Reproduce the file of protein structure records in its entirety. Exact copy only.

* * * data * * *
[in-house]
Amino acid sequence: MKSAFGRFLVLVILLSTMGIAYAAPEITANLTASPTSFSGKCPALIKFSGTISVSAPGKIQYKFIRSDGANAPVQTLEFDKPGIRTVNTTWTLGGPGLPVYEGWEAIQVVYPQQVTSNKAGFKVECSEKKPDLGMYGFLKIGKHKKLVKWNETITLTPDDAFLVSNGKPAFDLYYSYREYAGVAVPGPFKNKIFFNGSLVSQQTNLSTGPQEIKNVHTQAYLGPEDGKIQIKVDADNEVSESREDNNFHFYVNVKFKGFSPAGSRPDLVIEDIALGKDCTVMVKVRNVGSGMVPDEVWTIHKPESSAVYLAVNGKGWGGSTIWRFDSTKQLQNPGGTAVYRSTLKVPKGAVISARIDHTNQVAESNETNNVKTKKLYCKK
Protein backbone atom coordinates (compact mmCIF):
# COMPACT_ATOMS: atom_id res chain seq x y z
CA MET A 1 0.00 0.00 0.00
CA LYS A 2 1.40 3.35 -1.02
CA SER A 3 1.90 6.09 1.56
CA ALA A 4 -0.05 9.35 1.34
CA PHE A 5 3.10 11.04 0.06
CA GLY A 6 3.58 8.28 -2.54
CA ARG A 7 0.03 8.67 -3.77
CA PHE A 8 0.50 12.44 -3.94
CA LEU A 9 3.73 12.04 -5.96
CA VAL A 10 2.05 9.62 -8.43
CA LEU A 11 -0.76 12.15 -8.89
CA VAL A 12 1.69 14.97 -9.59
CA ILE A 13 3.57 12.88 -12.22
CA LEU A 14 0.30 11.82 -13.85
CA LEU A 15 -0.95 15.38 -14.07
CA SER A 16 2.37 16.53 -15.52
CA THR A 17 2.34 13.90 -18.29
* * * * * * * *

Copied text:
[in-house]
Amino acid sequence: MKSAFGRFLVLVILLSTMGIAYAAPEITANLTASPTSFSGKCPALIKFSGTISVSAPGKIQYKFIRSDGANAPVQTLEFDKPGIRTVNTTWTLGGPGLPVYEGWEAIQVVYPQQVTSNKAGFKVECSEKKPDLGMYGFLKIGKHKKLVKWNETITLTPDDAFLVSNGKPAFDLYYSYREYAGVAVPGPFKNKIFFNGSLVSQQTNLSTGPQEIKNVHTQAYLGPEDGKIQIKVDADNEVSESREDNNFHFYVNVKFKGFSPAGSRPDLVIEDIALGKDCTVMVKVRNVGSGMVPDEVWTIHKPESSAVYLAVNGKGWGGSTIWRFDSTKQLQNPGGTAVYRSTLKVPKGAVISARIDHTNQVAESNETNNVKTKKLYCKK
Protein backbone atom coordinates (compact mmCIF):
# COMPACT_ATOMS: atom_id res chain seq x y z
CA MET A 1 0.00 0.00 0.00
CA LYS A 2 1.40 3.35 -1.02
CA SER A 3 1.90 6.09 1.56
CA ALA A 4 -0.05 9.35 1.34
CA PHE A 5 3.10 11.04 0.06
CA GLY A 6 3.58 8.28 -2.54
CA ARG A 7 0.03 8.67 -3.77
CA PHE A 8 0.50 12.44 -3.94
CA LEU A 9 3.73 12.04 -5.96
CA VAL A 10 2.05 9.62 -8.43
CA LEU A 11 -0.76 12.15 -8.89
CA VAL A 12 1.69 14.97 -9.59
CA ILE A 13 3.57 12.88 -12.22
CA LEU A 14 0.30 11.82 -13.85
CA LEU A 15 -0.95 15.38 -14.07
CA SER A 16 2.37 16.53 -15.52
CA THR A 17 2.34 13.90 -18.29